We now have reason to hope that by Spring, community testing and vaccines will combine to end this era of restrictions.
But to get there we must first navigate a hard winter when the burden on our NHS is heaviest and the cold weather favours the virus.
The data already suggests national measures in England have slowed – and in some places reversed – the growth of new cases.
As more data comes in, we hope and expect to see those trends continue.
Together we have prevented our NHS from being overwhelmed,
but those dangers have not gone away.
If we ease off now, we risk losing control of this virus all over again,
casting aside our hard won gains,
and forcing us back into a New Year national lockdown with all the damage that would mean.
The tough measures in our Winter Plan are the best way to avoid this outcome.
All our friends around the world are grappling with the same question of how to keep people safe without retreating into a winter of hibernation.
In Italy there is a nightly curfew,
in Germany, hospitality will remain closed until 20th December,
and in France, until 20 January.
Across the whole of the UK, measures remain in place to control the virus.
Under our Winter Plan, England will return to a tiered system of local restrictions.
Our decisions on which area enters which tier are based on public health advice according to five indicators:
cases across all ages,
especially the over 60s,
the rate by which cases are rising or falling
the percentage of those tested in a local population who have Covid
and the pressure on the NHS.
We are publishing data packs setting out the reasons behind decisions in each area.
To find out how this affects you, log on to gov.uk where all the information is available.
I’m sorry to confirm that, from Wednesday, most of England will be in the top two tiers with the toughest measures.
I know this will bring a great deal of heartache and frustration, especially for our vital hospitality sector,
our pubs, our restaurants, our hotels, in so many ways the soul of our communities –
which continue to bear a disproportionate share of the burden.
I really wish it were otherwise, but if we are to keep schools open – as we must – then our options in bearing down on the disease are necessarily limited.
What we will do is continue taking every possible step to protect jobs and livelihoods across the UK.
These tougher tiers strike a balance – they are sufficient to continue driving the virus downwards but it’s important to recognise they are less intrusive than the current national measures.
In all tiers, shops, gyms and the leisure sector, hairdressers, other forms of personal care, places of worship will reopen.
You will no longer be instructed to stay at home, though you should continue to work from home if you can.
The rule of 6 will once again apply in public outdoor spaces and organised outdoor sport can begin again.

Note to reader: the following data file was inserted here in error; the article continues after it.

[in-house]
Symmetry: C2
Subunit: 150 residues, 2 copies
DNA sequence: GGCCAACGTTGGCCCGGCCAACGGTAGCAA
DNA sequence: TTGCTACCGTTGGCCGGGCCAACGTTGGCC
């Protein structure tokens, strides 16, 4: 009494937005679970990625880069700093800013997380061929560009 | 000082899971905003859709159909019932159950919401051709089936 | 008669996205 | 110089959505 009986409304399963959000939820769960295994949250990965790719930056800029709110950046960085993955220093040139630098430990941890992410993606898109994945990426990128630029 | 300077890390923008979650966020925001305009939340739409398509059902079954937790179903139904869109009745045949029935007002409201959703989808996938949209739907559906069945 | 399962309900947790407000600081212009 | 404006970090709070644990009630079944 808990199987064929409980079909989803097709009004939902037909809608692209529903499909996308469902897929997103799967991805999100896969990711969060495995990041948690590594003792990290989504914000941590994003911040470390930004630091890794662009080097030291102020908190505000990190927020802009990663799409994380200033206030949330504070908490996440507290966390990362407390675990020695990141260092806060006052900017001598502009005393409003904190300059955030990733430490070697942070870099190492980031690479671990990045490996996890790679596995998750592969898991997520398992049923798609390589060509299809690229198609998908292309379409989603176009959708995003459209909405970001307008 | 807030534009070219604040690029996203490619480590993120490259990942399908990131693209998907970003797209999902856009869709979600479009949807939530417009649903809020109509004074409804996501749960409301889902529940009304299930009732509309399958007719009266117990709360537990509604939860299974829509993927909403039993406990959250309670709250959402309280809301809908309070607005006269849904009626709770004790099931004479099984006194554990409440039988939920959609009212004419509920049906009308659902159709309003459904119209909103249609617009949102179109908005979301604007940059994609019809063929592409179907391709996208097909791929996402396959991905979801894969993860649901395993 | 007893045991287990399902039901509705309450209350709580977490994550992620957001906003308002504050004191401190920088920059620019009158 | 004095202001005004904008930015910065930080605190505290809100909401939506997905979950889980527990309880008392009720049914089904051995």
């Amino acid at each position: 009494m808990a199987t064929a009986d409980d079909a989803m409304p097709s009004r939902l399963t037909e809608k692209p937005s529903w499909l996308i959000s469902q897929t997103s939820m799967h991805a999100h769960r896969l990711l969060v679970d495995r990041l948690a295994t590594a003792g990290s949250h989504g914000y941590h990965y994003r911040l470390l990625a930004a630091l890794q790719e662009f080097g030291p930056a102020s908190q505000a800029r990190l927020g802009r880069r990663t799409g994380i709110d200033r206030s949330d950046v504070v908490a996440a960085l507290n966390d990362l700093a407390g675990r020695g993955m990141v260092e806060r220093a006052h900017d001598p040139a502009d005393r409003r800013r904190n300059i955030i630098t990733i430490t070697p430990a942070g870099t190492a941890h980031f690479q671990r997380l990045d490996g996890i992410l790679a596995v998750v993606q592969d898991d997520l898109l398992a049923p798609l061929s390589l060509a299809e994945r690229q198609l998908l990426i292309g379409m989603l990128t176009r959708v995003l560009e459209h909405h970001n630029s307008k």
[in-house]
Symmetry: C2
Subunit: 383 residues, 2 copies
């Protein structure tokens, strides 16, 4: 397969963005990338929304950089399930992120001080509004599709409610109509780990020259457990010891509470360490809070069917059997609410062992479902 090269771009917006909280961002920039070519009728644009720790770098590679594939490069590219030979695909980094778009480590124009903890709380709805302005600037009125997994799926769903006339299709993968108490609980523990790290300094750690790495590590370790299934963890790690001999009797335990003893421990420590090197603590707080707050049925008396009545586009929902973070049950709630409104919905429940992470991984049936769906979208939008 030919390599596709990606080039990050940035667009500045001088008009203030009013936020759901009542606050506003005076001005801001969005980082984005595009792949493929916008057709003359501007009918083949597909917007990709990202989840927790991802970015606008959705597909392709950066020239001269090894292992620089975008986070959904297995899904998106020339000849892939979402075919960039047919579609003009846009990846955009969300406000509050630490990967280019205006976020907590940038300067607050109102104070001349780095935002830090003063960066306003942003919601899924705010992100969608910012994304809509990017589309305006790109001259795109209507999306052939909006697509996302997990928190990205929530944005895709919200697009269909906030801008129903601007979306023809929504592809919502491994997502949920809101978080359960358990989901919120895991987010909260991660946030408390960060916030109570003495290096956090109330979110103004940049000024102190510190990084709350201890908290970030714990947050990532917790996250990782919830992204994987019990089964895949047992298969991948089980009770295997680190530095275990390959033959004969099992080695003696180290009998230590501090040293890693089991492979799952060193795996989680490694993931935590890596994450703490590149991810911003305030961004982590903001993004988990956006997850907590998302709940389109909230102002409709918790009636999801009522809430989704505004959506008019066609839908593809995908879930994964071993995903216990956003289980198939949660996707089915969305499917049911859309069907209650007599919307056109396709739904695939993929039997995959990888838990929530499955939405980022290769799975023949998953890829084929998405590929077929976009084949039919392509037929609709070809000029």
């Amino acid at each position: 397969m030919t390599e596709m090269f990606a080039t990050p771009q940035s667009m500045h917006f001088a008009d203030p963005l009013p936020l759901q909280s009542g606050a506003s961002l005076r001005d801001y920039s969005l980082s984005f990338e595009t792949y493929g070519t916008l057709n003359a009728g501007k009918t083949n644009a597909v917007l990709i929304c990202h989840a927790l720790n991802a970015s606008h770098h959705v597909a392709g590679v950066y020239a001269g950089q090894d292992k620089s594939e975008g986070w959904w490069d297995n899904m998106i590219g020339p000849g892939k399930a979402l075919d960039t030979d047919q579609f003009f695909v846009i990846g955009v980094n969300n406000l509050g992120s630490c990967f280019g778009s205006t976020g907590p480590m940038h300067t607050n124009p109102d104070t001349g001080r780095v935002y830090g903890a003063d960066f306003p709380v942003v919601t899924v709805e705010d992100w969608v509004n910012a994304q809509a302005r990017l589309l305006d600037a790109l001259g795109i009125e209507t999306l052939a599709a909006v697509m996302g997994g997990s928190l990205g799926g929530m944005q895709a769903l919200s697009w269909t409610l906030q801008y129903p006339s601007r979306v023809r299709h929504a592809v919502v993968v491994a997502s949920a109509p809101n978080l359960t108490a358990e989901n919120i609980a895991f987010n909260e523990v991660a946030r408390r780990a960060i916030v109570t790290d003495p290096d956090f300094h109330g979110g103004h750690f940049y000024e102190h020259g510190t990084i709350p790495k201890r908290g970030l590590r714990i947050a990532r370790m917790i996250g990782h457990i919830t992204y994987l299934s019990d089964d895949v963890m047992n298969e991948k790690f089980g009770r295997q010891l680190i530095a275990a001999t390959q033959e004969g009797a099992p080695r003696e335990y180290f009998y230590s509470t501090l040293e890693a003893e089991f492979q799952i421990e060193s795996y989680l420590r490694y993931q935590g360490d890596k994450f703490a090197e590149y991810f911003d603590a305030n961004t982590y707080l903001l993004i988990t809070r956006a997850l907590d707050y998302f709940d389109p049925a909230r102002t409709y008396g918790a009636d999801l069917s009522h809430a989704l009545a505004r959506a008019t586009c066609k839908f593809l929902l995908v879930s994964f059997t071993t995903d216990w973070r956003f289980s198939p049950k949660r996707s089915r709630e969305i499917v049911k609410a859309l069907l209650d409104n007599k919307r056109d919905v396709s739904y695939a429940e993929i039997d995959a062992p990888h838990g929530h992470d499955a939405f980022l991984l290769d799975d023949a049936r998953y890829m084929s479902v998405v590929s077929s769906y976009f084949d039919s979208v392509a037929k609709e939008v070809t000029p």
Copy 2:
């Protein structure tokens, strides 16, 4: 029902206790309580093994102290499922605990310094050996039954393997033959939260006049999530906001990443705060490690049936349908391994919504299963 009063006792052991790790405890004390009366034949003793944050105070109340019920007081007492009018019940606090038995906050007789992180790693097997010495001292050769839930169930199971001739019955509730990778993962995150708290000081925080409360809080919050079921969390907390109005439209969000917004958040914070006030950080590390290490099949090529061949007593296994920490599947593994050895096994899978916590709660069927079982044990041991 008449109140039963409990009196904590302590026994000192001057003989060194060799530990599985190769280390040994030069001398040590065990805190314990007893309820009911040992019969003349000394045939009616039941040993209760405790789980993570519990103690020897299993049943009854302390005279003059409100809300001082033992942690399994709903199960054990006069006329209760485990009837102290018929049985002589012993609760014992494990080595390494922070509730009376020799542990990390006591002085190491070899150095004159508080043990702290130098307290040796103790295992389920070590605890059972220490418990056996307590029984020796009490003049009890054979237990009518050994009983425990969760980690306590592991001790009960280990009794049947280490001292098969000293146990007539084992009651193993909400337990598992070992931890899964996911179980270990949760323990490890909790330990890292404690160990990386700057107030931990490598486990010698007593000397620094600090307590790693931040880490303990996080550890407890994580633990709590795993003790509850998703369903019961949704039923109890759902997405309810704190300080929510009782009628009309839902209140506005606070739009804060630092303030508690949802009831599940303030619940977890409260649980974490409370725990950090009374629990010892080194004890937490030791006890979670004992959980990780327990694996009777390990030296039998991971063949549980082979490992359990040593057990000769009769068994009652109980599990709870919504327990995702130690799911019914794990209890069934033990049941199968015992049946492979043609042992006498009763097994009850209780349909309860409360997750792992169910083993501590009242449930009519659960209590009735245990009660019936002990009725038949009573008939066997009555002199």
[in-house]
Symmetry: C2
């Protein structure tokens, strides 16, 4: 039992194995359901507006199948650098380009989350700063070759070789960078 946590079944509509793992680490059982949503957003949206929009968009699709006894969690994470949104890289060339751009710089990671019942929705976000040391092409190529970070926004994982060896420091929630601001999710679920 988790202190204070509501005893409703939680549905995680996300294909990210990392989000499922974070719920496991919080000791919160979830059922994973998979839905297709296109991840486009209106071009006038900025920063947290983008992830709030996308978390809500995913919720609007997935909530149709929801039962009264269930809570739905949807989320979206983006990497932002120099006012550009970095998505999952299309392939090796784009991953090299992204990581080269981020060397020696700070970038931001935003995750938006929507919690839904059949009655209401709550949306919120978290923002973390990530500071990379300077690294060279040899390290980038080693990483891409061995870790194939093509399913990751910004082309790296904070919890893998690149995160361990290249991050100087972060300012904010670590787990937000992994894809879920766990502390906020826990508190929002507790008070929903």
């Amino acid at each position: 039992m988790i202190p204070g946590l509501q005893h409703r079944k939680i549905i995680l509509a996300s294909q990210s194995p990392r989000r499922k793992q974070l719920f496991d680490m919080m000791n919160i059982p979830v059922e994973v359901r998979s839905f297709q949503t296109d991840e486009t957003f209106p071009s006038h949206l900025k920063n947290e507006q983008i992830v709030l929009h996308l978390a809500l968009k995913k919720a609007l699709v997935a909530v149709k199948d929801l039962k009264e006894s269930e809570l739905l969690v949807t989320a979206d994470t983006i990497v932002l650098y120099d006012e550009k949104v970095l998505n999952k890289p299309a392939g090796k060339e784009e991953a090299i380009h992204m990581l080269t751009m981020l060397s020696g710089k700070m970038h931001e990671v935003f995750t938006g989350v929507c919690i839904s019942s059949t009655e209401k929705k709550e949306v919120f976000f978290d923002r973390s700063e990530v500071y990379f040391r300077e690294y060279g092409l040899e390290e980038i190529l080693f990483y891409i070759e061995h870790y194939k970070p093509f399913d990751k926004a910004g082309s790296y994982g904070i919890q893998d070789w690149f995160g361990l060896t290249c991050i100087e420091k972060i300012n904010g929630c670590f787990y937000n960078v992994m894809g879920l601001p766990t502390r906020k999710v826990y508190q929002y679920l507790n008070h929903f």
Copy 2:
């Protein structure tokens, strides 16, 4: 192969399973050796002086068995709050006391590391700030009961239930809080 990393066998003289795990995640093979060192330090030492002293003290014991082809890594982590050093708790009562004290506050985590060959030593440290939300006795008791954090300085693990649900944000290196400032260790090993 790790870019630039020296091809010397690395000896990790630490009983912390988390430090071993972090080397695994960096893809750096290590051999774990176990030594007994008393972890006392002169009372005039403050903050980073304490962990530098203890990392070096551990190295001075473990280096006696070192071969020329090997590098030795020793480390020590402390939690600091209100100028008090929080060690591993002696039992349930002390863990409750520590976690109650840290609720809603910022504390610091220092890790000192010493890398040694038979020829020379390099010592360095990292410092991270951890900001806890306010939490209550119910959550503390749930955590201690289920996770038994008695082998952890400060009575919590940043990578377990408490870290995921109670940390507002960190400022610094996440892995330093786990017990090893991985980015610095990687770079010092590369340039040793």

But there is no doubt that the restrictions in all tiers are tough – and I am sorry about that.
While the data is beginning to improve, the virus is still prevalent, and the faster we drive it down the faster we can lift restrictions.
And that is exactly what these new tiers are designed to achieve.
While the previous tiers slowed the spread of the virus,
they were never quite enough to cut the R below 1 and keep it there,
so areas did not escape whatever level they were placed in.
Our new approach is designed to reduce R below 1,
opening a path for areas to move down the scale, as soon as the situation improves.
And crucially, we now have the means to accelerate that moment of escape with rapid community testing,
allowing anyone carrying the disease – including those without symptoms – to isolate
thereby reducing the R.
And the truth is that at least one in three people with Covid have no symptoms at all and may be spreading the disease without even knowing that they’ve got it.
The only way to identify them and protect everyone is through mass testing.
Liverpool shows what can be achieved.
In Liverpool, in the space of two and a half weeks, over 240,000 tests have been conducted
and together with the effect of national restrictions,
this has helped to reduce the number of cases in Liverpool City Region by more than two thirds.
So having previously been in tier 3, Liverpool City Region and Warrington will now be in tier 2.
This is a success story which we want other parts of the country to replicate
so we will work with local government, public health leaders and our fantastic Armed Forces,
to offer community testing to tier 3 areas as quickly as possible,
opening the way for them to follow Liverpool’s example.
Testing on this scale is untried, but in due course, if it works, where people test negative, it may also be possible for families and communities to be released from certain restrictions
even if their home area stays in tier 3.
The allocation of tiers will be reviewed every fourteen days, starting on 16 December.
So your tier is not your destiny.
Every area has the means of escape.
And I have no doubt that together we can get through this Winter,
suppress the virus until vaccines come to our aid,
and then reclaim our lives and all the things that we love.